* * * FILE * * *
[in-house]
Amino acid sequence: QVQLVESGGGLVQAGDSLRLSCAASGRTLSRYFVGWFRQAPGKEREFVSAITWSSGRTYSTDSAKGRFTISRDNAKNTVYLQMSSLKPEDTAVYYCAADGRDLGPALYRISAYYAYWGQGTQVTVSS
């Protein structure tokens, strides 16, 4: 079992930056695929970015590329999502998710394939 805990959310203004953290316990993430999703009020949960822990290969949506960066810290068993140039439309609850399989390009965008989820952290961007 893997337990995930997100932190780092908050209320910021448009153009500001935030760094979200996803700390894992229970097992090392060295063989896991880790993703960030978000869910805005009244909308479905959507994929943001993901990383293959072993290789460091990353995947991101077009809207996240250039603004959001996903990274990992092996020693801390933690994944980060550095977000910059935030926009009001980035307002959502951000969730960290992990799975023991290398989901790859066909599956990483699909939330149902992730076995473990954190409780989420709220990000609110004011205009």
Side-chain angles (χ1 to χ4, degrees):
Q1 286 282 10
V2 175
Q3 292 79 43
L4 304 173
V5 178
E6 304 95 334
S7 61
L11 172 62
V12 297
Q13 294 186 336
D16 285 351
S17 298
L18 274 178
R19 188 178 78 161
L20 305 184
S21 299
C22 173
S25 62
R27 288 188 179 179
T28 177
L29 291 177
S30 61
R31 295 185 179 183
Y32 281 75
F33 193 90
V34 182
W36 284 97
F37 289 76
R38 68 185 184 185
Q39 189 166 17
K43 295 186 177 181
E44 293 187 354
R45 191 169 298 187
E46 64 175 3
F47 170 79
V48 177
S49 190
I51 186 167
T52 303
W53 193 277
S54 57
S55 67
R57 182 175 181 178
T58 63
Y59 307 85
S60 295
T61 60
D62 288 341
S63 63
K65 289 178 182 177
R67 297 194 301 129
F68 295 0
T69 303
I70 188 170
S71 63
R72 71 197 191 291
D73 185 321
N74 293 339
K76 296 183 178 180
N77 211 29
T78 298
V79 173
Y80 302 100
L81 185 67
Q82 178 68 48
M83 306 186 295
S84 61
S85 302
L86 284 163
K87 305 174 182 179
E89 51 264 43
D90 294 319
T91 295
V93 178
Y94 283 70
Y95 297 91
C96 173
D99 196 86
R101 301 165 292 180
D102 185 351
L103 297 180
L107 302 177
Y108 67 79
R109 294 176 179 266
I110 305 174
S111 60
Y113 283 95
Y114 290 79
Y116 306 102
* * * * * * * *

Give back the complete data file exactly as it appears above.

[in-house]
Amino acid sequence: QVQLVESGGGLVQAGDSLRLSCAASGRTLSRYFVGWFRQAPGKEREFVSAITWSSGRTYSTDSAKGRFTISRDNAKNTVYLQMSSLKPEDTAVYYCAADGRDLGPALYRISAYYAYWGQGTQVTVSS
């Protein structure tokens, strides 16, 4: 079992930056695929970015590329999502998710394939 805990959310203004953290316990993430999703009020949960822990290969949506960066810290068993140039439309609850399989390009965008989820952290961007 893997337990995930997100932190780092908050209320910021448009153009500001935030760094979200996803700390894992229970097992090392060295063989896991880790993703960030978000869910805005009244909308479905959507994929943001993901990383293959072993290789460091990353995947991101077009809207996240250039603004959001996903990274990992092996020693801390933690994944980060550095977000910059935030926009009001980035307002959502951000969730960290992990799975023991290398989901790859066909599956990483699909939330149902992730076995473990954190409780989420709220990000609110004011205009």
Side-chain angles (χ1 to χ4, degrees):
Q1 286 282 10
V2 175
Q3 292 79 43
L4 304 173
V5 178
E6 304 95 334
S7 61
L11 172 62
V12 297
Q13 294 186 336
D16 285 351
S17 298
L18 274 178
R19 188 178 78 161
L20 305 184
S21 299
C22 173
S25 62
R27 288 188 179 179
T28 177
L29 291 177
S30 61
R31 295 185 179 183
Y32 281 75
F33 193 90
V34 182
W36 284 97
F37 289 76
R38 68 185 184 185
Q39 189 166 17
K43 295 186 177 181
E44 293 187 354
R45 191 169 298 187
E46 64 175 3
F47 170 79
V48 177
S49 190
I51 186 167
T52 303
W53 193 277
S54 57
S55 67
R57 182 175 181 178
T58 63
Y59 307 85
S60 295
T61 60
D62 288 341
S63 63
K65 289 178 182 177
R67 297 194 301 129
F68 295 0
T69 303
I70 188 170
S71 63
R72 71 197 191 291
D73 185 321
N74 293 339
K76 296 183 178 180
N77 211 29
T78 298
V79 173
Y80 302 100
L81 185 67
Q82 178 68 48
M83 306 186 295
S84 61
S85 302
L86 284 163
K87 305 174 182 179
E89 51 264 43
D90 294 319
T91 295
V93 178
Y94 283 70
Y95 297 91
C96 173
D99 196 86
R101 301 165 292 180
D102 185 351
L103 297 180
L107 302 177
Y108 67 79
R109 294 176 179 266
I110 305 174
S111 60
Y113 283 95
Y114 290 79
Y116 306 102